Shaun Murphy and Mark Selby set up thrilling Crucible decider

Murphy powers past Kyren Wilson as Selby grinds down Stuart Bingham’s challenge

Shaun Murphy shrugged off criticism of his "theatrical" celebrations and vowed to entertain his way to a second Crucible crown after sweeping aside Kyren Wilson in their World Snooker Championship semi-final.

Murphy won five frames in a row in the concluding session of their last four clash to turn what was at one stage a 10-4 deficit into a dominant 17-12 victory and a final clash with three-time champion Mark Selby, who sealed a belated victory over Stuart Bingham.

Murphy’s frequent fist-pumps did not go down well with Wilson, who accused his opponent of being “a bit over-the-top and theatrical”, but Murphy retorted: “We are in a theatre and we are putting on a show.

“We are in the entertainment business. Everybody’s been locked up and isolated for the past year and they want to see a show, and it’s our job to put on a show and entertain them.


“There is more to winning major snooker events in front of live audiences than just hitting the cue ball in a straight line. There’s a lot more that goes into it than on-the-table theatrics, and maybe that’s a stone Kyren hasn’t looked under yet.”

Murphy, playing some of his best snooker at the venue since he sailed to the title as an unfancied qualifier in 2005, had staged a series of mini-comebacks, including winning the final two frames on Friday to finish 10-6 behind overnight, then potting a brilliant long-black to close the gap to 11-9.

After winning the final three frames of the morning session to level at 12-12, Murphy returned with a session of near-faultless snooker, seizing on a series of errors from last year’s losing finalist to reel off five consecutive half-centuries and win the match.

It marked a stunning return to form for the Dublin-based player, who had struggled to find any semblance of form during the long days of lockdown, many of which he spent isolated in Milton Keynes due to restrictions on travelling back and forth to his home in Ireland.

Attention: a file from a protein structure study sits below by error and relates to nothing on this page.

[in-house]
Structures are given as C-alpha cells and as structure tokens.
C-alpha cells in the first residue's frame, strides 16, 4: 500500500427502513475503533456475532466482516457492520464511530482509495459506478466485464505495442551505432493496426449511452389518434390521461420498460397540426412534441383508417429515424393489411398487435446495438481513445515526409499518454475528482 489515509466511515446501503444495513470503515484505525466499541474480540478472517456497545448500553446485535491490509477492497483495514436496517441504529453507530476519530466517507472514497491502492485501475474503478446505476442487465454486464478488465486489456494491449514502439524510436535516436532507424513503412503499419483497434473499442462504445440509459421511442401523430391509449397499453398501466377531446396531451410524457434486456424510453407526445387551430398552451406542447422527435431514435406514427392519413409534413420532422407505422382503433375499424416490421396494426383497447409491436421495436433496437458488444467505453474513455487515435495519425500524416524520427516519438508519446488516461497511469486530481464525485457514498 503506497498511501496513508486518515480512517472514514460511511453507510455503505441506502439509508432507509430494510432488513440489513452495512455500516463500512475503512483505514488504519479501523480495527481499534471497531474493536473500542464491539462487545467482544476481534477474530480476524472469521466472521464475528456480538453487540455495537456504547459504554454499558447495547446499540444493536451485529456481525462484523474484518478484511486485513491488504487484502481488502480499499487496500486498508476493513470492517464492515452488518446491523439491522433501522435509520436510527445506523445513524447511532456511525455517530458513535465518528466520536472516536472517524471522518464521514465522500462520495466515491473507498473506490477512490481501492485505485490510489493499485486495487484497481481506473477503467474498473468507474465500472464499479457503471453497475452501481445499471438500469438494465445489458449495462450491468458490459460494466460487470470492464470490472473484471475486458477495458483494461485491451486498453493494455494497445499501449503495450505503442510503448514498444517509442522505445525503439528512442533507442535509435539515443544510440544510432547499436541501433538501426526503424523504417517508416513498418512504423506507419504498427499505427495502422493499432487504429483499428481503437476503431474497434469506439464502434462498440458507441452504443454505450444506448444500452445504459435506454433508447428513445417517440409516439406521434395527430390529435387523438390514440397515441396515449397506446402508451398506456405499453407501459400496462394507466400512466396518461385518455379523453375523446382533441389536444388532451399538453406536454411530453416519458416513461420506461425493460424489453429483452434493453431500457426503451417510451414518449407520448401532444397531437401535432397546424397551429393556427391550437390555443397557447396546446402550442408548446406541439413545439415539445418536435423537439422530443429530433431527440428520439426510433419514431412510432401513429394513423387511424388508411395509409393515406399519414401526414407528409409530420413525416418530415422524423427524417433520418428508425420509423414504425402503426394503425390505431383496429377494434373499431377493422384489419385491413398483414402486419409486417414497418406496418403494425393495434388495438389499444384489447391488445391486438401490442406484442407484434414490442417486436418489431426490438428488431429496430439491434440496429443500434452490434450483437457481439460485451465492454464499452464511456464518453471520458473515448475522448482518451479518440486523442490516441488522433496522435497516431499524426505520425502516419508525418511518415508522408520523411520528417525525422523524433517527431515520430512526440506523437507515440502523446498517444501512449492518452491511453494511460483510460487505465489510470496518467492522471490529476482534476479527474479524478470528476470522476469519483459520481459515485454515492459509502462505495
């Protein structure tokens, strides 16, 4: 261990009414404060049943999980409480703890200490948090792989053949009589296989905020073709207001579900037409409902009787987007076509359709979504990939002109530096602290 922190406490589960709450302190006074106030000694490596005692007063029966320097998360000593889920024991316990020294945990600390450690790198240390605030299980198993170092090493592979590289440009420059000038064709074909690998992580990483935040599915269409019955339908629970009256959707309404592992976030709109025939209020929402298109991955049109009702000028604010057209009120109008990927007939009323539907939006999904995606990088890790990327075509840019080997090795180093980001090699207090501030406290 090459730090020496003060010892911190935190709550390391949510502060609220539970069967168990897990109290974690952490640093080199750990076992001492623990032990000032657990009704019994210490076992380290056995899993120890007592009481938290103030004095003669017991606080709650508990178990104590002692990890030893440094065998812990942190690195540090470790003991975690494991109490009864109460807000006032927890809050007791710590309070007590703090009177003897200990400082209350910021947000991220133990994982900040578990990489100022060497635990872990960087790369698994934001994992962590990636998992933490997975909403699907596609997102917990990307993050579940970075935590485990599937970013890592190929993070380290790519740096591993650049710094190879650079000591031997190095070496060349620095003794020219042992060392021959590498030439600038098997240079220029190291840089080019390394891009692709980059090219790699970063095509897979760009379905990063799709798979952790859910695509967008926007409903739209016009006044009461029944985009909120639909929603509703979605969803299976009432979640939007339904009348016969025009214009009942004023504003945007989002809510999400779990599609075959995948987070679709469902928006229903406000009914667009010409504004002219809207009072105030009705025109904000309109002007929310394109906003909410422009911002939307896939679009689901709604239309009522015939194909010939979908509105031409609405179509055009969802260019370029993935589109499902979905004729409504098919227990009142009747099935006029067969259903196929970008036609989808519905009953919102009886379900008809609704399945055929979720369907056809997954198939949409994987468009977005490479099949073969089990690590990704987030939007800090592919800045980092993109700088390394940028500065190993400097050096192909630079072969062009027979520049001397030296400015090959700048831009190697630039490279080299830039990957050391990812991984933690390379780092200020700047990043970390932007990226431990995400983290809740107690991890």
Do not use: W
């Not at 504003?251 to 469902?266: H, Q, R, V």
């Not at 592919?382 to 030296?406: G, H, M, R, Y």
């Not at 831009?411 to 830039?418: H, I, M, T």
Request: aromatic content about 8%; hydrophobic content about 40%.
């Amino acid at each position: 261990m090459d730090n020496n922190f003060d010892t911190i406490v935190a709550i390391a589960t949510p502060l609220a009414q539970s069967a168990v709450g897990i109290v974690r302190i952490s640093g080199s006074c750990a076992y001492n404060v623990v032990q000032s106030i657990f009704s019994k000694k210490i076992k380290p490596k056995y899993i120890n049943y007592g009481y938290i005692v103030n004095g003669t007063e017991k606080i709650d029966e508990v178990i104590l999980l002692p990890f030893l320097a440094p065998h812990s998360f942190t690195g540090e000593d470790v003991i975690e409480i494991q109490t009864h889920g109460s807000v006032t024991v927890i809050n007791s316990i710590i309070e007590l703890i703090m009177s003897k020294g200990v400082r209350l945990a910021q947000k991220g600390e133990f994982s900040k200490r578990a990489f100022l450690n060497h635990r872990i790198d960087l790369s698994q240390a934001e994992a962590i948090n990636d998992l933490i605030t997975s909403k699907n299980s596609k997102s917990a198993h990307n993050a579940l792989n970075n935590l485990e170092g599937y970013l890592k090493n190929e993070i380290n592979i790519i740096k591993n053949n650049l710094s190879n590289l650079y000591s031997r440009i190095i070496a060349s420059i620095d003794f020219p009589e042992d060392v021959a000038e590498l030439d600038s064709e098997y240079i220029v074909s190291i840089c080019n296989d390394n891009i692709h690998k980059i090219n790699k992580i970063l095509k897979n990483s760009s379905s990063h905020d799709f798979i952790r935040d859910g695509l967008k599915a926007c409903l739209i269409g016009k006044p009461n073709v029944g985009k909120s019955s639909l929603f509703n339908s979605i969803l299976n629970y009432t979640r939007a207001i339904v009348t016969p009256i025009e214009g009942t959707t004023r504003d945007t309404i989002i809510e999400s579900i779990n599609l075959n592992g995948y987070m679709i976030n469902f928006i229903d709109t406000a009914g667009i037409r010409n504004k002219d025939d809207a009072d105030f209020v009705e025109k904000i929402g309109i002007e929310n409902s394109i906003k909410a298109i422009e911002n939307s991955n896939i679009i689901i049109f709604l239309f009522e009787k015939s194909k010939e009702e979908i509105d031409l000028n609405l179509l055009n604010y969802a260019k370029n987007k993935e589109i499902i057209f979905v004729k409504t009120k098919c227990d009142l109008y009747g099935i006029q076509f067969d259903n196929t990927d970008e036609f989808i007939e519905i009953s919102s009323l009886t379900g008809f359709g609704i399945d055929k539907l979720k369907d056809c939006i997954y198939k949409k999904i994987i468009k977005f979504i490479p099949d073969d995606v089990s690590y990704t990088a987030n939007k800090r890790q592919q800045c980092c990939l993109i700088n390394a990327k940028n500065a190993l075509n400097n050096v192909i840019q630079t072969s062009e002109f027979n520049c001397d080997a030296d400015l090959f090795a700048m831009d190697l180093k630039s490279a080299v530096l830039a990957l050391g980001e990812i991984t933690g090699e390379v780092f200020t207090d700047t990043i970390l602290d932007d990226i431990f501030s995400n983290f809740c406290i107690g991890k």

“There were serious moments in the last 12 months when I thought my runs to these days of this event were dead and buried,” admitted Murphy. “No-one is more surprised but also more thrilled about this than me.”


Selby’s progress to his fifth Crucible final could hardly have come as a greater contrast, in a match in which he had been warned for slow play on Friday, then was forced to complete his win in an unprecedented period of overtime.

With Selby up 16-15 as the afternoon session ticked beyond 6pm, the pair were hauled off to make way for the return of Murphy and Wilson, marking the first time in the tournament’s history that a semi-final has been interrupted.

The gruelling progress did not bother Selby, who insisted: “I’m just out there to do a job and as long as I get to that magic number I couldn’t care less how I play.

“If I need to get to 17 first I’d be out there for five days if I needed to, it wouldn’t bother me one bit. Obviously you want to go out there and play well, and if you play well you are entertaining the crowd anyway.”

Selby was left kicking himself for causing the delay after compiling what looked set to be a match-winning break of 44 in the 31st frame, only to run out of position and let in Bingham for a nerveless 85 clearance which forced the additional session.

Selby had resumed trailing 13-11 but dominated the session, a break of 125 hauling him level at 13-13 then, after Bingham responded with a century of his own, three frames in a row put the Leicester man firmly in control.

Selby added: “Even though we got pulled off, I thought to myself, I was 13-11 down and if I’d been told then we would be pulled off at 16-15 up, I would have snapped your hand off.

“I just had to take the positives. Even though it was tough to lose the last frame the way I did, I was still confident that I’d get a chance and it was just a matter of staying calm and taking that chance when it came.”